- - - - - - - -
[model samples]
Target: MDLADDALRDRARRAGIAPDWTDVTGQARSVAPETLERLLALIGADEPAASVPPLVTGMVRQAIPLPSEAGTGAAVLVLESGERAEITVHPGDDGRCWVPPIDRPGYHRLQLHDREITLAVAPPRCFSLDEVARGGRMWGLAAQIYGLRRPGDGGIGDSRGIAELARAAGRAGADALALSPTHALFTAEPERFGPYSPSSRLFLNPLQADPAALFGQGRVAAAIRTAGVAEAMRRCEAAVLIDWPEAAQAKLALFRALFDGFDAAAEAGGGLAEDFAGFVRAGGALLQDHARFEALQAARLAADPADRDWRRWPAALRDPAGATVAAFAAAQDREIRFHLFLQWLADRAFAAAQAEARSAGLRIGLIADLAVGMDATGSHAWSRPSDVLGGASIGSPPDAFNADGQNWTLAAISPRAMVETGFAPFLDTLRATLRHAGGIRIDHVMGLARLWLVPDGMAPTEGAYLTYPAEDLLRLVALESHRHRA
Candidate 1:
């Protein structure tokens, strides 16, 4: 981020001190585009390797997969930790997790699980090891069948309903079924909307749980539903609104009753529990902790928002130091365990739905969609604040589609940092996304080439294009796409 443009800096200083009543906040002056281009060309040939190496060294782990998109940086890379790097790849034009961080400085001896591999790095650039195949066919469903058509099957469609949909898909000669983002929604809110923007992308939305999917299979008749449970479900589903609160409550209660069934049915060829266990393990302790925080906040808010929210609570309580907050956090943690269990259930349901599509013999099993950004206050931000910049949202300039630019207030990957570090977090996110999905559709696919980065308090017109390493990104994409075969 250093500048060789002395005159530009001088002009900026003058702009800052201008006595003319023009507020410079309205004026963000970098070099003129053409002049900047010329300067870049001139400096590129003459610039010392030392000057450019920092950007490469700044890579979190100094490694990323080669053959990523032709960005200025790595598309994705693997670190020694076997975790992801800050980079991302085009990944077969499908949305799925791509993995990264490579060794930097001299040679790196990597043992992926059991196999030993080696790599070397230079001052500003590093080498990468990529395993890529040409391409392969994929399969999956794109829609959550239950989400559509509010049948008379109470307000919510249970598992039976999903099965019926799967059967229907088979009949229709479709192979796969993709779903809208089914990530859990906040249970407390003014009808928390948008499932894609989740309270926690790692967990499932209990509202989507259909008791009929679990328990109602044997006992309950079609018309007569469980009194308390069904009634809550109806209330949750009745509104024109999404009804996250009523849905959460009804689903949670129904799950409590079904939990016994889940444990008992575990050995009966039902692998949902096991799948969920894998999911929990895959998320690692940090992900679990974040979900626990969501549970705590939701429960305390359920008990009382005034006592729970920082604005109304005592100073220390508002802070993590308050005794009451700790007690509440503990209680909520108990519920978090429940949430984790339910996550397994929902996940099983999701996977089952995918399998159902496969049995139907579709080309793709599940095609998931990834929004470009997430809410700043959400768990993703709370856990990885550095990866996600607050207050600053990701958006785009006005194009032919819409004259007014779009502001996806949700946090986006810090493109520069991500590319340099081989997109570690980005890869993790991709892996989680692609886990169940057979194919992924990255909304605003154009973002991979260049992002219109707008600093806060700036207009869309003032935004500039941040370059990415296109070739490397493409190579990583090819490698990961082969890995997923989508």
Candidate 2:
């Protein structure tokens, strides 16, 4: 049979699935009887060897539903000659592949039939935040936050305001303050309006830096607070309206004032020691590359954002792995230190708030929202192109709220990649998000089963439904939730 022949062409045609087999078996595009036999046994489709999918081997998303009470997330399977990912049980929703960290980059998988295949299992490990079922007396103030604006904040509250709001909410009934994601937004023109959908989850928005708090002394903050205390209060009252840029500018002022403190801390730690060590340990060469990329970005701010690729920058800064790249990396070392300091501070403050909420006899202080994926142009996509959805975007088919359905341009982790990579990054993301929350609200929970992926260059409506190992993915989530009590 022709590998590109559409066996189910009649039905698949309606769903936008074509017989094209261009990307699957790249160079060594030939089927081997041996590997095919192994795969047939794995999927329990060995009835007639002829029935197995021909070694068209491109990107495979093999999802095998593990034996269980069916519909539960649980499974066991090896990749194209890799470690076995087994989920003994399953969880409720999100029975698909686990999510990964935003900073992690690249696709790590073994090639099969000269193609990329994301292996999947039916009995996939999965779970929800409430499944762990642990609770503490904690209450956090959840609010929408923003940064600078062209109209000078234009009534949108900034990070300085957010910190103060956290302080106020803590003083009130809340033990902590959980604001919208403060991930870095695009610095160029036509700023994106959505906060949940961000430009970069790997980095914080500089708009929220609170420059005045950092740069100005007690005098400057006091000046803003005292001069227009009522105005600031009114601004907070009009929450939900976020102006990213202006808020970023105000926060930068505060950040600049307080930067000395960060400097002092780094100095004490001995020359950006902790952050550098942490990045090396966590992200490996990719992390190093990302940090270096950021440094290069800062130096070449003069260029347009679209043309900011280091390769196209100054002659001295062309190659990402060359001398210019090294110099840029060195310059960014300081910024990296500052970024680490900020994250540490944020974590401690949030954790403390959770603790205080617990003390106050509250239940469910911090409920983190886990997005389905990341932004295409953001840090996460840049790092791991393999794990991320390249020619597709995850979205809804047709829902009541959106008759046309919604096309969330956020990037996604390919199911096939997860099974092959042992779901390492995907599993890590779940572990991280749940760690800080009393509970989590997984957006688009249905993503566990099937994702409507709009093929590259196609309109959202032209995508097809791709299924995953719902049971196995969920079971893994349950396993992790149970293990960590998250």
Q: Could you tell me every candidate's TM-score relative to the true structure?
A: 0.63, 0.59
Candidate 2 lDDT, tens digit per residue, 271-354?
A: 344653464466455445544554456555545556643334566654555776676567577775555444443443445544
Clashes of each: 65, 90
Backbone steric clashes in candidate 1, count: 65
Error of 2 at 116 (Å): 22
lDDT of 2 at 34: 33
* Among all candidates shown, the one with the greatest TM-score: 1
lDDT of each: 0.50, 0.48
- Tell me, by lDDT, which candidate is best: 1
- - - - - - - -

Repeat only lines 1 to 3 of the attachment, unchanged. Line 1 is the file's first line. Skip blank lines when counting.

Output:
[model samples]
Target: MDLADDALRDRARRAGIAPDWTDVTGQARSVAPETLERLLALIGADEPAASVPPLVTGMVRQAIPLPSEAGTGAAVLVLESGERAEITVHPGDDGRCWVPPIDRPGYHRLQLHDREITLAVAPPRCFSLDEVARGGRMWGLAAQIYGLRRPGDGGIGDSRGIAELARAAGRAGADALALSPTHALFTAEPERFGPYSPSSRLFLNPLQADPAALFGQGRVAAAIRTAGVAEAMRRCEAAVLIDWPEAAQAKLALFRALFDGFDAAAEAGGGLAEDFAGFVRAGGALLQDHARFEALQAARLAADPADRDWRRWPAALRDPAGATVAAFAAAQDREIRFHLFLQWLADRAFAAAQAEARSAGLRIGLIADLAVGMDATGSHAWSRPSDVLGGASIGSPPDAFNADGQNWTLAAISPRAMVETGFAPFLDTLRATLRHAGGIRIDHVMGLARLWLVPDGMAPTEGAYLTYPAEDLLRLVALESHRHRA
Candidate 1: